November 24: "A Mighty Fortress is Our God": Martin Luther and the Reformation. Assignment: McKay, pp. 445-472.
November 29: Religious Turmoil. Assignment: McKay, pp. 472-478.
December 1: In class: begin Martin Luther.
December 6: In class: finish Martin Luther.
December 8: Review for Final exam/Catch-up (if necessary). No homework due today.
December 13: Open extended office hours.*
December 15: Final Exam.
*During "open extended office hours" (Monday, December 13), formal class will not be held. Professor Golland will be available to students in his office during normal class time. No appointment is necessary.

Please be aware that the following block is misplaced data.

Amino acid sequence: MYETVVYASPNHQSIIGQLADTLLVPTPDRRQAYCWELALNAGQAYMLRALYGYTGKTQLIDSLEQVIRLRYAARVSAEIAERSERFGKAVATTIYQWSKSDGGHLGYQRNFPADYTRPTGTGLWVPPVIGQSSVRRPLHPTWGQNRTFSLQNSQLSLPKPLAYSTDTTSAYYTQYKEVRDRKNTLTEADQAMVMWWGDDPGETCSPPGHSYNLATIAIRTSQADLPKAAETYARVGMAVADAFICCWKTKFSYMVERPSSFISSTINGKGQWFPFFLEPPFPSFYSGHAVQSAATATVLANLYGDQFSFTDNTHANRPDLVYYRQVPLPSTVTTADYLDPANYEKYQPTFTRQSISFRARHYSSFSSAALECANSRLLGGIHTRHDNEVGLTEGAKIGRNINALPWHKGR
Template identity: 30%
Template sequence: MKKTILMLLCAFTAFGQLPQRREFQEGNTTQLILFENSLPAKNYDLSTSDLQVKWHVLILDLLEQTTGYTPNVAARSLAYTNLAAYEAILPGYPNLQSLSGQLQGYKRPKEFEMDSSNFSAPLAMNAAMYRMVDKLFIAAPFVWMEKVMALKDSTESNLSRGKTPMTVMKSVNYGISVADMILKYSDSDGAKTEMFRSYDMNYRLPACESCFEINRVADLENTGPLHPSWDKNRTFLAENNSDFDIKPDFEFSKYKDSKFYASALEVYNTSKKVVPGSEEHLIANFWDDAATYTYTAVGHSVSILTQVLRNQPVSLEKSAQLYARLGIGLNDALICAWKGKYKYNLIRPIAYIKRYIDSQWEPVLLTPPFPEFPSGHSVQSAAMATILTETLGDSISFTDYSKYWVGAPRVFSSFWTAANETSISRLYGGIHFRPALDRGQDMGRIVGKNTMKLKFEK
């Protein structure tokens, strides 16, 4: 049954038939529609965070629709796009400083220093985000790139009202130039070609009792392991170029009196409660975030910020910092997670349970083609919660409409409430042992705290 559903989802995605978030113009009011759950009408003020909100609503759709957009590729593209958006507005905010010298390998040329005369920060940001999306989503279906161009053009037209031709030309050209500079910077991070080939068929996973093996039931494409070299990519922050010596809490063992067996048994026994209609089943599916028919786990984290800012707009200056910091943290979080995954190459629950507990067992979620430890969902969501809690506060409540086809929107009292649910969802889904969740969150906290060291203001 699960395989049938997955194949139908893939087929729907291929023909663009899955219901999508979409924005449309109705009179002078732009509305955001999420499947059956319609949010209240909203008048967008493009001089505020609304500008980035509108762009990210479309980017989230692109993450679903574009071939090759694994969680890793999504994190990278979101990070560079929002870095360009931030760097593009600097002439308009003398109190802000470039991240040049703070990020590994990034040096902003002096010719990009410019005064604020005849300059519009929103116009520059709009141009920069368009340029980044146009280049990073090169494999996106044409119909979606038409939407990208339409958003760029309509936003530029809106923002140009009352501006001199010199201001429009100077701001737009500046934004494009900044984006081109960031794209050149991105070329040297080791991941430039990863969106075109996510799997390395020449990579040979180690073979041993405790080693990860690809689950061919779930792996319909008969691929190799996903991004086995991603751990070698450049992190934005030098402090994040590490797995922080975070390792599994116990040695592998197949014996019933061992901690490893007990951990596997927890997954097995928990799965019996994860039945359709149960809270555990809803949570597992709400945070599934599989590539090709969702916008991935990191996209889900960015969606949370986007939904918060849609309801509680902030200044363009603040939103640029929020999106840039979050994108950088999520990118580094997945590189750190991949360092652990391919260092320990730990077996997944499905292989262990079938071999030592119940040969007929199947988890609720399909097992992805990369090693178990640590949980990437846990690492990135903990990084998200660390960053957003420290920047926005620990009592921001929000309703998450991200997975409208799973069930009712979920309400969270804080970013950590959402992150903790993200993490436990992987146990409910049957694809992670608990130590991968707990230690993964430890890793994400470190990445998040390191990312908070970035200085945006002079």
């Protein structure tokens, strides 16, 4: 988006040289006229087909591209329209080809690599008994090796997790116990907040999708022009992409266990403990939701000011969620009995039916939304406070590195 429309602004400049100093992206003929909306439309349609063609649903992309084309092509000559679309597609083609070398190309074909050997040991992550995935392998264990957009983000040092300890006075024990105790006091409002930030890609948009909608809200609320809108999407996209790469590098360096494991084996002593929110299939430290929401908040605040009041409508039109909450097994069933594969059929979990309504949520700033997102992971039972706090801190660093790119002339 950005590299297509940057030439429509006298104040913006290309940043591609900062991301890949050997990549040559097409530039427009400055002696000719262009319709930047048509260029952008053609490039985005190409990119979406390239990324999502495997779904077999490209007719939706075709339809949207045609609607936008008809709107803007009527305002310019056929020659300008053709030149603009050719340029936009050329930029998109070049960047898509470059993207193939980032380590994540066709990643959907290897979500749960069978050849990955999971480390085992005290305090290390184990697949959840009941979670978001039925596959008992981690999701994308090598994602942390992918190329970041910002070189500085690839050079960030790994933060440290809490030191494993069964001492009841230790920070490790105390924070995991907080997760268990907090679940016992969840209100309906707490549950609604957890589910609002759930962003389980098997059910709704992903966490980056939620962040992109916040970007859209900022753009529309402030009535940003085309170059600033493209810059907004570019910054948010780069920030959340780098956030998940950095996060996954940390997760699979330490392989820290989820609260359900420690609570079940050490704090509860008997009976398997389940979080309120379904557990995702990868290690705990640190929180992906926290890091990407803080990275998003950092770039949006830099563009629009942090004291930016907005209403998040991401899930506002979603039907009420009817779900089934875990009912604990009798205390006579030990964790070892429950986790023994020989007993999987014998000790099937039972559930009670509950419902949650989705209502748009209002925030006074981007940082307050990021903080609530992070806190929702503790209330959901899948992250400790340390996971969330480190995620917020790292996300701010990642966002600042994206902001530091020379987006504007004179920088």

Contact Information: (Top)
Professor David Hamilton Golland
Department of Social Sciences and Human Services
Borough of Manhattan Community College
Office Location: N623.
Office Hours: Mondays & Wednesdays, 9:15-10:15 a.m.; Thursdays, 3:45-4:45 p.m.
BMCC Social Science Department
New York Public Library
The New York Times Online
Barnes & Noble
Professor Golland's Personal Homepage
Photo Information (Top)
Roman Aqueduct, Pont-du-Gard, France.
Disclaimer: None of the above shall be construed to supercede BMCC/CUNY policy or local, state, or federal laws. Any instructions or information on this website found to be in violation of said policies or laws can and should be ignored.
Last Updated 24 December, 2010 (DHG)